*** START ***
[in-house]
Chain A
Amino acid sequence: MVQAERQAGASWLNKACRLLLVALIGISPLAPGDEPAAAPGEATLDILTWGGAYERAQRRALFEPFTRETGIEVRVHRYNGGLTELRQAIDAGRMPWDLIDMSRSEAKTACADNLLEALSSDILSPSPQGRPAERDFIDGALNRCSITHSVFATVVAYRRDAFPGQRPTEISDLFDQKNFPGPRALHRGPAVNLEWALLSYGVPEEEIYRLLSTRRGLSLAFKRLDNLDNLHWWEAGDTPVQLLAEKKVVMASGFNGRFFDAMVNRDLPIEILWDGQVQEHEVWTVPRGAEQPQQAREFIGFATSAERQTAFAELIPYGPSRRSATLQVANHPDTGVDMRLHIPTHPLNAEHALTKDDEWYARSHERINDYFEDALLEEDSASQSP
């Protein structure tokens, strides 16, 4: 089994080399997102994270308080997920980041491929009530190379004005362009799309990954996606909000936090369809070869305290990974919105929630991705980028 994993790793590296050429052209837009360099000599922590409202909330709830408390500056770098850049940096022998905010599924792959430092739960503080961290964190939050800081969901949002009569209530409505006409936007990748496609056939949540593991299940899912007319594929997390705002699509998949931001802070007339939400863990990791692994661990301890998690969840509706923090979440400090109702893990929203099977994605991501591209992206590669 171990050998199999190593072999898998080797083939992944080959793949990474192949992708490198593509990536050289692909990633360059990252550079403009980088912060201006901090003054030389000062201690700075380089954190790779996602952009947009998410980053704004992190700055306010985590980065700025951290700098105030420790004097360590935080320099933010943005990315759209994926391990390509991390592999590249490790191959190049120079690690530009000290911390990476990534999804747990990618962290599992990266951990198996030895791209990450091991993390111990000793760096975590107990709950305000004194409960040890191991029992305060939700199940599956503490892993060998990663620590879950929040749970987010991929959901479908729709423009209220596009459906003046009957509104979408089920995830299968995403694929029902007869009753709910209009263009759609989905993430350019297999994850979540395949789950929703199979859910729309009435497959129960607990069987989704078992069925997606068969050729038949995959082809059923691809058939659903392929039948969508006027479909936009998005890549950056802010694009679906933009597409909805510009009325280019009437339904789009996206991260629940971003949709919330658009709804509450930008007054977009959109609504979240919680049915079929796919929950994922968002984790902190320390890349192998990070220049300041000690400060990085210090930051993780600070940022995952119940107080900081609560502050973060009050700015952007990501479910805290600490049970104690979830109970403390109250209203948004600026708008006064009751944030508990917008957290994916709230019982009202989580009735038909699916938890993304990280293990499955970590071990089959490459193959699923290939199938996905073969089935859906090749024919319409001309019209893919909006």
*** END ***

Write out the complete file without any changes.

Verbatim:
[in-house]
Chain A
Amino acid sequence: MVQAERQAGASWLNKACRLLLVALIGISPLAPGDEPAAAPGEATLDILTWGGAYERAQRRALFEPFTRETGIEVRVHRYNGGLTELRQAIDAGRMPWDLIDMSRSEAKTACADNLLEALSSDILSPSPQGRPAERDFIDGALNRCSITHSVFATVVAYRRDAFPGQRPTEISDLFDQKNFPGPRALHRGPAVNLEWALLSYGVPEEEIYRLLSTRRGLSLAFKRLDNLDNLHWWEAGDTPVQLLAEKKVVMASGFNGRFFDAMVNRDLPIEILWDGQVQEHEVWTVPRGAEQPQQAREFIGFATSAERQTAFAELIPYGPSRRSATLQVANHPDTGVDMRLHIPTHPLNAEHALTKDDEWYARSHERINDYFEDALLEEDSASQSP
């Protein structure tokens, strides 16, 4: 089994080399997102994270308080997920980041491929009530190379004005362009799309990954996606909000936090369809070869305290990974919105929630991705980028 994993790793590296050429052209837009360099000599922590409202909330709830408390500056770098850049940096022998905010599924792959430092739960503080961290964190939050800081969901949002009569209530409505006409936007990748496609056939949540593991299940899912007319594929997390705002699509998949931001802070007339939400863990990791692994661990301890998690969840509706923090979440400090109702893990929203099977994605991501591209992206590669 171990050998199999190593072999898998080797083939992944080959793949990474192949992708490198593509990536050289692909990633360059990252550079403009980088912060201006901090003054030389000062201690700075380089954190790779996602952009947009998410980053704004992190700055306010985590980065700025951290700098105030420790004097360590935080320099933010943005990315759209994926391990390509991390592999590249490790191959190049120079690690530009000290911390990476990534999804747990990618962290599992990266951990198996030895791209990450091991993390111990000793760096975590107990709950305000004194409960040890191991029992305060939700199940599956503490892993060998990663620590879950929040749970987010991929959901479908729709423009209220596009459906003046009957509104979408089920995830299968995403694929029902007869009753709910209009263009759609989905993430350019297999994850979540395949789950929703199979859910729309009435497959129960607990069987989704078992069925997606068969050729038949995959082809059923691809058939659903392929039948969508006027479909936009998005890549950056802010694009679906933009597409909805510009009325280019009437339904789009996206991260629940971003949709919330658009709804509450930008007054977009959109609504979240919680049915079929796919929950994922968002984790902190320390890349192998990070220049300041000690400060990085210090930051993780600070940022995952119940107080900081609560502050973060009050700015952007990501479910805290600490049970104690979830109970403390109250209203948004600026708008006064009751944030508990917008957290994916709230019982009202989580009735038909699916938890993304990280293990499955970590071990089959490459193959699923290939199938996905073969089935859906090749024919319409001309019209893919909006």